A place to begin  Feb 1, 2004
The ACCS series, of which this volume on Romans is a part, is a place to begin in terms of patristic commentary, not a place to end. If this series had claimed to be an in-depth and comprehensive collection on the Church Fathers' statements on Scripture, then many of the critiques leveled at it would be justified. However, these negative reviews are aiming at a straw man.

The ACCS series provides selected commentary by various thinkers in the early centuries of Christianity regarding the various books of the Bible. Even with its selectivity, these books are hundreds of pages long (compared to the at most thirty or so pages of the actual Scriptural text). To try and be as comprehensive as some reviewers seem to be demanding, the volume on Romans would no doubt have to be at least three large volumes itself.

The series creators hoped these volumes could help encourage cross-denominational discussion with these formative thinkers. It is a starting place for thinking and discussing, not the end. Perhaps the best use of these volumes are as time-savers. Even the best Patristics scholar will not have the location of every comment on a particular Scripture verse by the Fathers right of the top of his/her head. And they may not want to spend the time of going through the index of, say, every volume in the Ante-Nicene, Nicene, and Post-Nicene Fathers series (all, what, 28 of them?). Instead, the scholar can look quickly at this volume from the ACCS, looking to see what various Fathers had to say, then go to the original document to see the topic in context, where the various commentaries can be compared. Certainly, the ACCS volume on Romans is useful for that.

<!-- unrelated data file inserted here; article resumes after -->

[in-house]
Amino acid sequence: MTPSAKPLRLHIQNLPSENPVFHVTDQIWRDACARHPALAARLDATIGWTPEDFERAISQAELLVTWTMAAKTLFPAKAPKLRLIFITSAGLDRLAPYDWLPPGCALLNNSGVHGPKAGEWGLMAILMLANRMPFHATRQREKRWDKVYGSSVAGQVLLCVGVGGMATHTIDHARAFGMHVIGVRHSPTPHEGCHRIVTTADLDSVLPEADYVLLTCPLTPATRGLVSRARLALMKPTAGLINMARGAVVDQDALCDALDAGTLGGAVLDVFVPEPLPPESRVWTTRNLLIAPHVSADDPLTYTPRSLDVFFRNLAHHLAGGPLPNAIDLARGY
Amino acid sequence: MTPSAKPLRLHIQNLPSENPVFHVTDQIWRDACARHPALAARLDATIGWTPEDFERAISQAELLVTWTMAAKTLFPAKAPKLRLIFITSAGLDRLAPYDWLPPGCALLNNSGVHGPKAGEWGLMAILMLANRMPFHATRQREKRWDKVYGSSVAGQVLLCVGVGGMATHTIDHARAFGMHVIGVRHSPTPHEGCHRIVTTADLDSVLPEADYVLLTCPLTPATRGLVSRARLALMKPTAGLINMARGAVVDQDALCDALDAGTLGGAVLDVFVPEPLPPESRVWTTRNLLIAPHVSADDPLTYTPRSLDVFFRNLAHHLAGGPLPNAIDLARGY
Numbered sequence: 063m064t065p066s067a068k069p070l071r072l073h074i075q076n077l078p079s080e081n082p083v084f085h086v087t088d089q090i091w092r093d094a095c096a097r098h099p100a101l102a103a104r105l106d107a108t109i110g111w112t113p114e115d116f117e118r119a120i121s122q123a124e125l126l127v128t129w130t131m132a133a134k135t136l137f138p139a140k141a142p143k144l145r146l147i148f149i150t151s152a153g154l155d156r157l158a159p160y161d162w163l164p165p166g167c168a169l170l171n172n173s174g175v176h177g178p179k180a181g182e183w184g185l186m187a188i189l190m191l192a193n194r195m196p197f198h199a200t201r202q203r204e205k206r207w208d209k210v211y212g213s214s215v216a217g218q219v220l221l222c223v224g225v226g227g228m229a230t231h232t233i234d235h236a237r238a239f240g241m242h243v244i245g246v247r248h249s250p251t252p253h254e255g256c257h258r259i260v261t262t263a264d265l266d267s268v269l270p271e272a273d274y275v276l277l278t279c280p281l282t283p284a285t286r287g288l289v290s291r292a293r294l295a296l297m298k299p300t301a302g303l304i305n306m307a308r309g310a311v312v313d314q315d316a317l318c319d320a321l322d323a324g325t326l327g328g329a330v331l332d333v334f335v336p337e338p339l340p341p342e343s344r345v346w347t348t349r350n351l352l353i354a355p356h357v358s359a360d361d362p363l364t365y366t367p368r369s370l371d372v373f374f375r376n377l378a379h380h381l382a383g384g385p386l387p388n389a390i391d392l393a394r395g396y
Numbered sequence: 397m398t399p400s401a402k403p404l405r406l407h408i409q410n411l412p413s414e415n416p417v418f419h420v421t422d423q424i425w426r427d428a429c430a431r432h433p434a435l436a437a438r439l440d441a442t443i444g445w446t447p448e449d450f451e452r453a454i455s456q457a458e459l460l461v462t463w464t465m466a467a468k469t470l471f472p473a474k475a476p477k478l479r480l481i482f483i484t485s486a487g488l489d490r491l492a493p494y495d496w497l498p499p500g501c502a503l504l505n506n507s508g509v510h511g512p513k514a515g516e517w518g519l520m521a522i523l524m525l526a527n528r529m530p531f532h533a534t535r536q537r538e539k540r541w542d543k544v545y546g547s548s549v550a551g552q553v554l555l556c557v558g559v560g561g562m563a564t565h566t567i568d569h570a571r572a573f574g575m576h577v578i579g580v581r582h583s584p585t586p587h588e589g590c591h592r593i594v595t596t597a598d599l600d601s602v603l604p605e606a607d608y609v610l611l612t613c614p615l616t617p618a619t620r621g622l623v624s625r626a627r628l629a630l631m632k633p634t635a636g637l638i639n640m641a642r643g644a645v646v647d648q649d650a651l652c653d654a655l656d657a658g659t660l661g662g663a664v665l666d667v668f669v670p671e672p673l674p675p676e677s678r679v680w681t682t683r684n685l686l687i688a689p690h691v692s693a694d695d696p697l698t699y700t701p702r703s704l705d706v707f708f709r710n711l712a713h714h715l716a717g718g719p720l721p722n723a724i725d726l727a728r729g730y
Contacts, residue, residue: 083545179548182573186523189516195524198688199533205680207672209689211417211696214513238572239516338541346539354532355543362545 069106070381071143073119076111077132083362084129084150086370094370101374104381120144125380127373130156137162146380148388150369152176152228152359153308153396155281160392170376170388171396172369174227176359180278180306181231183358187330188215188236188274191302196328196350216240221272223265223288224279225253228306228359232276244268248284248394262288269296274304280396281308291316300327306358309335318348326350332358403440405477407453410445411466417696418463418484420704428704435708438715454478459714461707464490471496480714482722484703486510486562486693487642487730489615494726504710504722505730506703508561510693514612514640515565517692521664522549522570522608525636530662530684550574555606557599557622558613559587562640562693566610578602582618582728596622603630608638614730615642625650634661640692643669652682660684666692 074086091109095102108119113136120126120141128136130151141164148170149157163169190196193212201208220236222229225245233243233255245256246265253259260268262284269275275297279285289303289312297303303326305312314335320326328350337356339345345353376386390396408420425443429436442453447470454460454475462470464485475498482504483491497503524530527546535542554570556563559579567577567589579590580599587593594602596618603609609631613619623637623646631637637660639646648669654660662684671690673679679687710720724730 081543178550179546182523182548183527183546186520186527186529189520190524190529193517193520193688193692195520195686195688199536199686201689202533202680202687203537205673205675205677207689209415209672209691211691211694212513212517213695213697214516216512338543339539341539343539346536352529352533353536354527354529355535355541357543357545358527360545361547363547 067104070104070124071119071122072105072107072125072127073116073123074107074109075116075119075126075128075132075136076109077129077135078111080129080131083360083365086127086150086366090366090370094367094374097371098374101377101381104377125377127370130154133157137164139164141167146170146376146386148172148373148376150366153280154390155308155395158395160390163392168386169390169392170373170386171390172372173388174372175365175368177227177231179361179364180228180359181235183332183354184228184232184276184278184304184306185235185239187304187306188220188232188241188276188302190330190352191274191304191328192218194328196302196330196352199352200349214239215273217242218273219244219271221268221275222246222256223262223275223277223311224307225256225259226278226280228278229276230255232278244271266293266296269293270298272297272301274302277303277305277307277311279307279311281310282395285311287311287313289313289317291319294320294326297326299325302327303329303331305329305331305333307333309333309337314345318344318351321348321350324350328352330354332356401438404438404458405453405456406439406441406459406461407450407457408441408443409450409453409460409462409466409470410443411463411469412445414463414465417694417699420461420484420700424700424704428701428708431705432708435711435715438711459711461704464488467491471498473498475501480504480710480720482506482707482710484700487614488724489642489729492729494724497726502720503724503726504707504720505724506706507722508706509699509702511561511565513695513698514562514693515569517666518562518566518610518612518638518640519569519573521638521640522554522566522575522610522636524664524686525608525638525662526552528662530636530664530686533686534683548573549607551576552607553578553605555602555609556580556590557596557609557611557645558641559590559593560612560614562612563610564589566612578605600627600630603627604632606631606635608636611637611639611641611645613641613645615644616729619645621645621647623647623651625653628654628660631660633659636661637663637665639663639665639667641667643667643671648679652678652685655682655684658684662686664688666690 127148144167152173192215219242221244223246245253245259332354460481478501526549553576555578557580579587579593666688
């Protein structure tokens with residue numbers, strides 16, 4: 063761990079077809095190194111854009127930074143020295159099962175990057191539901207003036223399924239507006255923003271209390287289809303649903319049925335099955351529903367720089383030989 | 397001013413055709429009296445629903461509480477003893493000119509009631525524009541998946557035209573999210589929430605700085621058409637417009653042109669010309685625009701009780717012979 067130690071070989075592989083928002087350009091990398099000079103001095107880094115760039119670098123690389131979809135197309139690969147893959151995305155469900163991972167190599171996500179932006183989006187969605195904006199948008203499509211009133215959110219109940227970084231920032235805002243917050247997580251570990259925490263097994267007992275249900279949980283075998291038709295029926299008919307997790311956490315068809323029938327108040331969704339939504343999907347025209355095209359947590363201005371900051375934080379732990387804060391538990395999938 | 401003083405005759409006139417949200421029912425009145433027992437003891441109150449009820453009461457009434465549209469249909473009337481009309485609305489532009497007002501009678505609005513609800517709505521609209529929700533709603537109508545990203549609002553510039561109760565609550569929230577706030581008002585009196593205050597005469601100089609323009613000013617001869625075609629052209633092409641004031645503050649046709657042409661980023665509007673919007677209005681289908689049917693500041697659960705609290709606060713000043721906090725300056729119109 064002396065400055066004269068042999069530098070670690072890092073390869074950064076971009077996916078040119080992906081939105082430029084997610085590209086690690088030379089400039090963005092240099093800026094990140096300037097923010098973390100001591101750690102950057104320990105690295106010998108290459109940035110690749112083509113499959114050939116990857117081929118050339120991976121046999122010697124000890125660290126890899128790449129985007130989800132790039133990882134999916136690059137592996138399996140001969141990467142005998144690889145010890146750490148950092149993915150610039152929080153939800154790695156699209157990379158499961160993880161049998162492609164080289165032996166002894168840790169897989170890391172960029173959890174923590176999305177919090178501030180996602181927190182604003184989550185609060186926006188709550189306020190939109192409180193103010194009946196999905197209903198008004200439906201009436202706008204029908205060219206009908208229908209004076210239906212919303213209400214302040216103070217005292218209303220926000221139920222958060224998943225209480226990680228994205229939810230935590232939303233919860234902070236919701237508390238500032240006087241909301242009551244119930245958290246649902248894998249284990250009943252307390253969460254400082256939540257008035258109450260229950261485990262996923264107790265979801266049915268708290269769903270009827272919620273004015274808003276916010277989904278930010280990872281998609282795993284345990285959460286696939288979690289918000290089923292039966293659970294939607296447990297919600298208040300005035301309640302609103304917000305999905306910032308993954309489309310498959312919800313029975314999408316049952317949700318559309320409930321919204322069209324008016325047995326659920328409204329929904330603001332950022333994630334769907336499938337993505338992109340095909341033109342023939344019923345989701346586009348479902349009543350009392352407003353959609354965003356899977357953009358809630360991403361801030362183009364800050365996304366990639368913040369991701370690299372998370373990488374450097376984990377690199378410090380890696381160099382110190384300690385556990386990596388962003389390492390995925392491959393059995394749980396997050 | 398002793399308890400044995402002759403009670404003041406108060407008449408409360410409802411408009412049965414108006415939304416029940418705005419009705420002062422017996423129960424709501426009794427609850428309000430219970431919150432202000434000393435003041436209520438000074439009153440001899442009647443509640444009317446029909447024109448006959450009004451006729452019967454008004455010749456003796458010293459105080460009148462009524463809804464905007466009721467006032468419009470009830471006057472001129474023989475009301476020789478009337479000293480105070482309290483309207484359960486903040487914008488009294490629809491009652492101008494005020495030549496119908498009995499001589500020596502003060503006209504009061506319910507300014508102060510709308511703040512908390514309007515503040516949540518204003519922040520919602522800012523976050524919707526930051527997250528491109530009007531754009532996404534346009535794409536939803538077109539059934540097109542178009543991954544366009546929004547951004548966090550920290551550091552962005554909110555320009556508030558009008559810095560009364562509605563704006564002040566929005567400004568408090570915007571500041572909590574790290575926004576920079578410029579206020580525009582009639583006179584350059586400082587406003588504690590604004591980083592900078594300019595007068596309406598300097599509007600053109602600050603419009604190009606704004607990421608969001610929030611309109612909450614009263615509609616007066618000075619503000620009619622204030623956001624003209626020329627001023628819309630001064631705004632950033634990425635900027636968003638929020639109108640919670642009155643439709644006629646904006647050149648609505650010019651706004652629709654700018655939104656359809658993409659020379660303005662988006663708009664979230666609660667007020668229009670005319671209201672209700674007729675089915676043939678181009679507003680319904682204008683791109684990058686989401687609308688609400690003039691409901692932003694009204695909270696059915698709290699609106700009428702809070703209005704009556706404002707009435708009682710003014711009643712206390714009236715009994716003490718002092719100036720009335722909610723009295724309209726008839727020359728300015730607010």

If one is looking for every comment from every Church Father on Scripture, this is not the series for you. But, then again, that's not what this series intended to be in the first place. But, as a starting place for further research, it is excellent.

 
disappointing  Oct 21, 2001
This series is disappointing. I simply did not find the comments from the Fathers very illuminating presented in this context. This was not what I expected.